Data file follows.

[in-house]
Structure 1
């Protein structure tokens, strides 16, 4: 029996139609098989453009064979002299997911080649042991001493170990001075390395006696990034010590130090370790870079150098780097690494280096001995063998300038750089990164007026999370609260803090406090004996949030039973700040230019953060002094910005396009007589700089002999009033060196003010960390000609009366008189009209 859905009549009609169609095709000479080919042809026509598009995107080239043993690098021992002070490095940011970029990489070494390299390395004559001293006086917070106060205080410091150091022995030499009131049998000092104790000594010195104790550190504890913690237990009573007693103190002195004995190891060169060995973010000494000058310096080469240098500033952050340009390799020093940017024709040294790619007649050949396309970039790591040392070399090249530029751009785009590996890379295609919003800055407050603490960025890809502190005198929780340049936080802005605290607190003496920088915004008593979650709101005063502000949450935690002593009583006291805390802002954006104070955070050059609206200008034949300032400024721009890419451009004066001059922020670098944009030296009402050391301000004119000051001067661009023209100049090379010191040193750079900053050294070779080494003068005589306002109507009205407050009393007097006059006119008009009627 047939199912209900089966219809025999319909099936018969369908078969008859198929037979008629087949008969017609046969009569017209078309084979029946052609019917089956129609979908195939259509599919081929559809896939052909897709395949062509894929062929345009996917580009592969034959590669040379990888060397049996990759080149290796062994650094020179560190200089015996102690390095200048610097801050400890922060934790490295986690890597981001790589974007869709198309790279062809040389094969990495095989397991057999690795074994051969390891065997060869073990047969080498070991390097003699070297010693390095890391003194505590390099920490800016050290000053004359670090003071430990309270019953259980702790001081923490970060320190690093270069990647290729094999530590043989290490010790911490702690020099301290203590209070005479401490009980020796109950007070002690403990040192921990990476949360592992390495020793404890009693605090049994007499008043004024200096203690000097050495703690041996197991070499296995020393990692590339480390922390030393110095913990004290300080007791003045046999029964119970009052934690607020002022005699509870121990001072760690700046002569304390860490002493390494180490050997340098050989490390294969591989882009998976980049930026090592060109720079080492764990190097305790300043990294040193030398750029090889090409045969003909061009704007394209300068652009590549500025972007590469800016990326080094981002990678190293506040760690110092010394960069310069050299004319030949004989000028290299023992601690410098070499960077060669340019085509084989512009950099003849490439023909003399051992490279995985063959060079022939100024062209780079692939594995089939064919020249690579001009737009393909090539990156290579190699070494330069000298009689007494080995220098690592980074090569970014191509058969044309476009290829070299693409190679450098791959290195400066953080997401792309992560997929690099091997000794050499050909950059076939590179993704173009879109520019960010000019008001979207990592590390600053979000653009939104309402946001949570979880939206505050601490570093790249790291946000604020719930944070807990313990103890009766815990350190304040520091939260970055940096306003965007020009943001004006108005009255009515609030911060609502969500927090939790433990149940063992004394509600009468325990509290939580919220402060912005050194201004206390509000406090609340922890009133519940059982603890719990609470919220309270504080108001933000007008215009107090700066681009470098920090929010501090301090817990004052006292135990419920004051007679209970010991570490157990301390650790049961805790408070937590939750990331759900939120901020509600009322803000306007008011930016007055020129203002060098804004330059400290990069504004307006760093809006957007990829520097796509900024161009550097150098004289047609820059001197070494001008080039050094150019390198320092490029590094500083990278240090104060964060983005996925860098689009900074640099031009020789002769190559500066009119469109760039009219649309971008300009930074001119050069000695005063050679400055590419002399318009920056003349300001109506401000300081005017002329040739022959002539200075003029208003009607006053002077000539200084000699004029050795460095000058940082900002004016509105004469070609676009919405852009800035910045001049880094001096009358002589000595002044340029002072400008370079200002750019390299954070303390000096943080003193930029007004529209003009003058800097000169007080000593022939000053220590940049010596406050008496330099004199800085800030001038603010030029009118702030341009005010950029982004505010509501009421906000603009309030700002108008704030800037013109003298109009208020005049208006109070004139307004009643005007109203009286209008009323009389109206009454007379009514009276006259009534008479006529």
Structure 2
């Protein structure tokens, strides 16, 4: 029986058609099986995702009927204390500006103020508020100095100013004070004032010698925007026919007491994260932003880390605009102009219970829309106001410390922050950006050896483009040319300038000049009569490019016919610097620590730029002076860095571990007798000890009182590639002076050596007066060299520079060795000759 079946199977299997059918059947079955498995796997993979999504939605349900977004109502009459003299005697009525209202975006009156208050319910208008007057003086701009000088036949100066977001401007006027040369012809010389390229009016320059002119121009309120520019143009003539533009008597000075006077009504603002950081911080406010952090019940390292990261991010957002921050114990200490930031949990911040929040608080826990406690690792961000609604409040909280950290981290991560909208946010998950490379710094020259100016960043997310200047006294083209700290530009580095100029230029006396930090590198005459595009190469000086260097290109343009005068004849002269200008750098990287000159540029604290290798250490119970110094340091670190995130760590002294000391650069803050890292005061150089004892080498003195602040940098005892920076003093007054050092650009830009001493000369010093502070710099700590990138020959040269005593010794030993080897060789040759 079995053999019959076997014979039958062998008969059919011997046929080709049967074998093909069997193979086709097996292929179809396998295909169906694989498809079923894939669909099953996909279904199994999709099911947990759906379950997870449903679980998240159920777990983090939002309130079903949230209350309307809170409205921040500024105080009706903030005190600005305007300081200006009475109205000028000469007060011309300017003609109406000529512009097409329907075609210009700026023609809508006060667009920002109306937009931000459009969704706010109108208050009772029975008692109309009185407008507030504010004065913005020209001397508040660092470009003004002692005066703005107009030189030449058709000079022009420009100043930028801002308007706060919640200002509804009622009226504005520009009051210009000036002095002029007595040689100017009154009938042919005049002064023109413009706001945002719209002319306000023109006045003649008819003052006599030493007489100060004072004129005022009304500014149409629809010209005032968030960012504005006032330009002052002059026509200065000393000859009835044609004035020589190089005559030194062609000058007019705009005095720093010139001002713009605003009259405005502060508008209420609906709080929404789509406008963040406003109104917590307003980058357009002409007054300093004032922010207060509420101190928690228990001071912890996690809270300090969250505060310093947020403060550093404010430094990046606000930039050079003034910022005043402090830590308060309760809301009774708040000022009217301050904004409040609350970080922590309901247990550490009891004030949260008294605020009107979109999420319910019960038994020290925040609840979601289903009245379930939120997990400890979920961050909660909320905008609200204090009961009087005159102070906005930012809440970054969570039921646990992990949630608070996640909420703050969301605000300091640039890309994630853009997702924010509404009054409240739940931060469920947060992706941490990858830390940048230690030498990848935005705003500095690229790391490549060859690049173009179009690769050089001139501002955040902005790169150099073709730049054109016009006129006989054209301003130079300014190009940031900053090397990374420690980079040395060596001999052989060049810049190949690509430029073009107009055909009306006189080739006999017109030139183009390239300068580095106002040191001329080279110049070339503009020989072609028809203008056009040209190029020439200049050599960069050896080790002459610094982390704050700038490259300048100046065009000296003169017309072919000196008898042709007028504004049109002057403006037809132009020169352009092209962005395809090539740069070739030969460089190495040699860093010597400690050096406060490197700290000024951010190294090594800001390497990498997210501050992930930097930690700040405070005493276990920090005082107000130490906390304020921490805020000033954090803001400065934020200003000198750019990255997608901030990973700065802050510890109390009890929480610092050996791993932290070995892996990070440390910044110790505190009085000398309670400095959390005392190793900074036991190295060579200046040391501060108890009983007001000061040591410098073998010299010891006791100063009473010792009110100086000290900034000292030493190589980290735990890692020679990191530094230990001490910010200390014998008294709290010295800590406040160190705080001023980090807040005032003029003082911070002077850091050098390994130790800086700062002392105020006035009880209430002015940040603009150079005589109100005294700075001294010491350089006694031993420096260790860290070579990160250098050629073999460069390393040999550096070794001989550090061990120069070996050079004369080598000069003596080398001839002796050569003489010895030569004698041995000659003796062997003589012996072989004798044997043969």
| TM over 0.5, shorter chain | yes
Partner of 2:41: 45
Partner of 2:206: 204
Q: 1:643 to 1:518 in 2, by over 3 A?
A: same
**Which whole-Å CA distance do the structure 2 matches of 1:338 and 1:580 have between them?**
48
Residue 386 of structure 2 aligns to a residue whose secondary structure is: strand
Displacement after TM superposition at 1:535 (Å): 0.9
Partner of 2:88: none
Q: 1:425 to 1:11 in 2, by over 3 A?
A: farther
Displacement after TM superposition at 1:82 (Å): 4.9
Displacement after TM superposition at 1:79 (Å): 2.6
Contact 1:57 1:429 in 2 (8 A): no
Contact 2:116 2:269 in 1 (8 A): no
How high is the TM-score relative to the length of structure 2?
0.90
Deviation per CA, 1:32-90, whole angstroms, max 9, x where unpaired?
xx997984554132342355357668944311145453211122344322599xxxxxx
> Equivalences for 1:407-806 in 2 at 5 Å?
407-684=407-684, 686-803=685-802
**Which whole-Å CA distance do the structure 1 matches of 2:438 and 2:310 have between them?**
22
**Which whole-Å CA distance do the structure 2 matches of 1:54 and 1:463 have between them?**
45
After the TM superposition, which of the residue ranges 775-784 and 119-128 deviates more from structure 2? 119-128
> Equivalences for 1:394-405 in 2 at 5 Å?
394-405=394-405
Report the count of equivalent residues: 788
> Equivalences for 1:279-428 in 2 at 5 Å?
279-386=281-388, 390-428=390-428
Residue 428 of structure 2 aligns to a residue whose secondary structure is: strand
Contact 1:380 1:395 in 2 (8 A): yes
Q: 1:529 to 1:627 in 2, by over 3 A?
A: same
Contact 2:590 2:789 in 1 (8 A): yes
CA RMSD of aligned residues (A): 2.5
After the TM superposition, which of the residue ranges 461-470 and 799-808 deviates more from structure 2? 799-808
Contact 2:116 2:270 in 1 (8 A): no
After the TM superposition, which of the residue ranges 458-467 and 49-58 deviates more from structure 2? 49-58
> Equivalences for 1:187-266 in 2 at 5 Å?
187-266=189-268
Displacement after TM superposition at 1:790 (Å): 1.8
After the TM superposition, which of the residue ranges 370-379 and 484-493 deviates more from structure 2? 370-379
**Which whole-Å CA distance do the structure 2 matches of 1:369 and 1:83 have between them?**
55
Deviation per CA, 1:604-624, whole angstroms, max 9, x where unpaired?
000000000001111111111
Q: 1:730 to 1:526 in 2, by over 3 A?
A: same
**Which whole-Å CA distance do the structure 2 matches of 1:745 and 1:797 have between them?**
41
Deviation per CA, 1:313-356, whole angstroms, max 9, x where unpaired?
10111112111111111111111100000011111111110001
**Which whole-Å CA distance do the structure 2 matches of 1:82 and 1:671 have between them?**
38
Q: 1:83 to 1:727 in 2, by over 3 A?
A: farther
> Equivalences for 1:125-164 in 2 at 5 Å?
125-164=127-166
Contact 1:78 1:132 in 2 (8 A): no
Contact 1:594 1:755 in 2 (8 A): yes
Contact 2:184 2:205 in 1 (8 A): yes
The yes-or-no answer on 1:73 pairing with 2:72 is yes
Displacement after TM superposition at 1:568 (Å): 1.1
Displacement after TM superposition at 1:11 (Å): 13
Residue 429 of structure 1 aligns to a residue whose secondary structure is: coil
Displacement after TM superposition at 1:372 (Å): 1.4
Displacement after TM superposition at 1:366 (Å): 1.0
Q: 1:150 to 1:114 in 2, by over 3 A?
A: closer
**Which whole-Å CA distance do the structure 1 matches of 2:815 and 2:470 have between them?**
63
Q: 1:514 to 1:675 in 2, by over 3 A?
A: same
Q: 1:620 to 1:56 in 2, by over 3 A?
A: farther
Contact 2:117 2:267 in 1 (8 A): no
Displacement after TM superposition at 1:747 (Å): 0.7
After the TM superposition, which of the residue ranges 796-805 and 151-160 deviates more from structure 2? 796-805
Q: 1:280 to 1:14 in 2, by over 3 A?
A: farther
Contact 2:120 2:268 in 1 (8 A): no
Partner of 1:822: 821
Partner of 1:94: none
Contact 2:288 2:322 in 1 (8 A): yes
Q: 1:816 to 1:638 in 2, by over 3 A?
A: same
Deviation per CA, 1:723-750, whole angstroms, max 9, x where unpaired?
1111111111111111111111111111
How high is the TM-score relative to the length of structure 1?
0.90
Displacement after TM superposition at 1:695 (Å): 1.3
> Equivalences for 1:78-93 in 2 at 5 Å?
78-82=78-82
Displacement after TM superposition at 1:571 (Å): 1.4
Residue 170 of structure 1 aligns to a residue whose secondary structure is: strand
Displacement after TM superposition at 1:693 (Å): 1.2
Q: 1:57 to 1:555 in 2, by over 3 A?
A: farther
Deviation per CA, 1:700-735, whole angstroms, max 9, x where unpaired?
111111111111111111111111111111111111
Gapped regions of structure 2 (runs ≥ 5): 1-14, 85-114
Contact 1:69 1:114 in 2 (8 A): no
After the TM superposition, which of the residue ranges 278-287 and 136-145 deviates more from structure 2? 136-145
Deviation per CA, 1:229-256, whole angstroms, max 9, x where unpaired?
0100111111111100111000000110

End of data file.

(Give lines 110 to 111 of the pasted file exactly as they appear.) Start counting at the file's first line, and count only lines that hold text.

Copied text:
Contact 1:69 1:114 in 2 (8 A): no
After the TM superposition, which of the residue ranges 278-287 and 136-145 deviates more from structure 2? 136-145